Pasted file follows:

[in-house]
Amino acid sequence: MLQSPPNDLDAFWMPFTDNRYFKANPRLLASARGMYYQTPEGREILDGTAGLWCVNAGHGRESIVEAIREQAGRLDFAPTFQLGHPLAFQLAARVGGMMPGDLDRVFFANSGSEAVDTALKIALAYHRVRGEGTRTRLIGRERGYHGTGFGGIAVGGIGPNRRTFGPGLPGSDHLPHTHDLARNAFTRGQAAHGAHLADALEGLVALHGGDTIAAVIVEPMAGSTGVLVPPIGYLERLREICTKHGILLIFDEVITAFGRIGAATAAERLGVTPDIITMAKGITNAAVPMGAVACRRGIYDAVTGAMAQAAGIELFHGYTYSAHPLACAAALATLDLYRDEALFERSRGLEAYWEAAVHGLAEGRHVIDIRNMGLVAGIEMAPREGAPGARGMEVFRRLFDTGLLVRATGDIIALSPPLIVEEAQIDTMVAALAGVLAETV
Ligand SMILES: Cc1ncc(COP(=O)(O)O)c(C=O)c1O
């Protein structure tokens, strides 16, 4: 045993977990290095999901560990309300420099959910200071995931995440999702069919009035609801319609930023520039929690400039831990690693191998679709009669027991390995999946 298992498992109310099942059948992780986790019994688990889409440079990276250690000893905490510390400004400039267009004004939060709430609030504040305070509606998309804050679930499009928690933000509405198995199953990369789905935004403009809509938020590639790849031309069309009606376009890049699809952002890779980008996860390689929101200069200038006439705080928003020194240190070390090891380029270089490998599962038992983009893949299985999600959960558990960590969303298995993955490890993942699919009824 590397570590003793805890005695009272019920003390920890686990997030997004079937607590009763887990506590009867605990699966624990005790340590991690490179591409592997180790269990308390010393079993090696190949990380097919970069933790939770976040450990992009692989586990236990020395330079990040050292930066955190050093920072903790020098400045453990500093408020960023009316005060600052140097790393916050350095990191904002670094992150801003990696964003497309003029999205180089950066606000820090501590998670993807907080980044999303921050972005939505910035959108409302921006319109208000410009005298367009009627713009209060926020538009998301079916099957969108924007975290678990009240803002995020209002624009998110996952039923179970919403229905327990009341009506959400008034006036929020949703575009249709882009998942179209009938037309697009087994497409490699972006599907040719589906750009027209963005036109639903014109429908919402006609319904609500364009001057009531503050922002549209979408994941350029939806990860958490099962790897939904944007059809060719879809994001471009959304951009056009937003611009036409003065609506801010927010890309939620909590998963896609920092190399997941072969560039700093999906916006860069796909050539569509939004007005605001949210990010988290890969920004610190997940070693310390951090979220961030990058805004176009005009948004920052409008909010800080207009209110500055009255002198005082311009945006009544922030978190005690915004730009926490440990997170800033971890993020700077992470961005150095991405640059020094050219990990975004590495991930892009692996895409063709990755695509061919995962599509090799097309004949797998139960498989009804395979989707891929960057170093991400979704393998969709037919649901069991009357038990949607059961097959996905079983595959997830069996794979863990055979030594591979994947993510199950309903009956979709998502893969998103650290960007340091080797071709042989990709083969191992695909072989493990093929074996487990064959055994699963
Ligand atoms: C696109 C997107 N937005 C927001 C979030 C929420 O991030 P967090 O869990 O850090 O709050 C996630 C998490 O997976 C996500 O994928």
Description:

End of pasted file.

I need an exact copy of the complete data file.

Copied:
[in-house]
Amino acid sequence: MLQSPPNDLDAFWMPFTDNRYFKANPRLLASARGMYYQTPEGREILDGTAGLWCVNAGHGRESIVEAIREQAGRLDFAPTFQLGHPLAFQLAARVGGMMPGDLDRVFFANSGSEAVDTALKIALAYHRVRGEGTRTRLIGRERGYHGTGFGGIAVGGIGPNRRTFGPGLPGSDHLPHTHDLARNAFTRGQAAHGAHLADALEGLVALHGGDTIAAVIVEPMAGSTGVLVPPIGYLERLREICTKHGILLIFDEVITAFGRIGAATAAERLGVTPDIITMAKGITNAAVPMGAVACRRGIYDAVTGAMAQAAGIELFHGYTYSAHPLACAAALATLDLYRDEALFERSRGLEAYWEAAVHGLAEGRHVIDIRNMGLVAGIEMAPREGAPGARGMEVFRRLFDTGLLVRATGDIIALSPPLIVEEAQIDTMVAALAGVLAETV
Ligand SMILES: Cc1ncc(COP(=O)(O)O)c(C=O)c1O
């Protein structure tokens, strides 16, 4: 045993977990290095999901560990309300420099959910200071995931995440999702069919009035609801319609930023520039929690400039831990690693191998679709009669027991390995999946 298992498992109310099942059948992780986790019994688990889409440079990276250690000893905490510390400004400039267009004004939060709430609030504040305070509606998309804050679930499009928690933000509405198995199953990369789905935004403009809509938020590639790849031309069309009606376009890049699809952002890779980008996860390689929101200069200038006439705080928003020194240190070390090891380029270089490998599962038992983009893949299985999600959960558990960590969303298995993955490890993942699919009824 590397570590003793805890005695009272019920003390920890686990997030997004079937607590009763887990506590009867605990699966624990005790340590991690490179591409592997180790269990308390010393079993090696190949990380097919970069933790939770976040450990992009692989586990236990020395330079990040050292930066955190050093920072903790020098400045453990500093408020960023009316005060600052140097790393916050350095990191904002670094992150801003990696964003497309003029999205180089950066606000820090501590998670993807907080980044999303921050972005939505910035959108409302921006319109208000410009005298367009009627713009209060926020538009998301079916099957969108924007975290678990009240803002995020209002624009998110996952039923179970919403229905327990009341009506959400008034006036929020949703575009249709882009998942179209009938037309697009087994497409490699972006599907040719589906750009027209963005036109639903014109429908919402006609319904609500364009001057009531503050922002549209979408994941350029939806990860958490099962790897939904944007059809060719879809994001471009959304951009056009937003611009036409003065609506801010927010890309939620909590998963896609920092190399997941072969560039700093999906916006860069796909050539569509939004007005605001949210990010988290890969920004610190997940070693310390951090979220961030990058805004176009005009948004920052409008909010800080207009209110500055009255002198005082311009945006009544922030978190005690915004730009926490440990997170800033971890993020700077992470961005150095991405640059020094050219990990975004590495991930892009692996895409063709990755695509061919995962599509090799097309004949797998139960498989009804395979989707891929960057170093991400979704393998969709037919649901069991009357038990949607059961097959996905079983595959997830069996794979863990055979030594591979994947993510199950309903009956979709998502893969998103650290960007340091080797071709042989990709083969191992695909072989493990093929074996487990064959055994699963
Ligand atoms: C696109 C997107 N937005 C927001 C979030 C929420 O991030 P967090 O869990 O850090 O709050 C996630 C998490 O997976 C996500 O994928």
Description: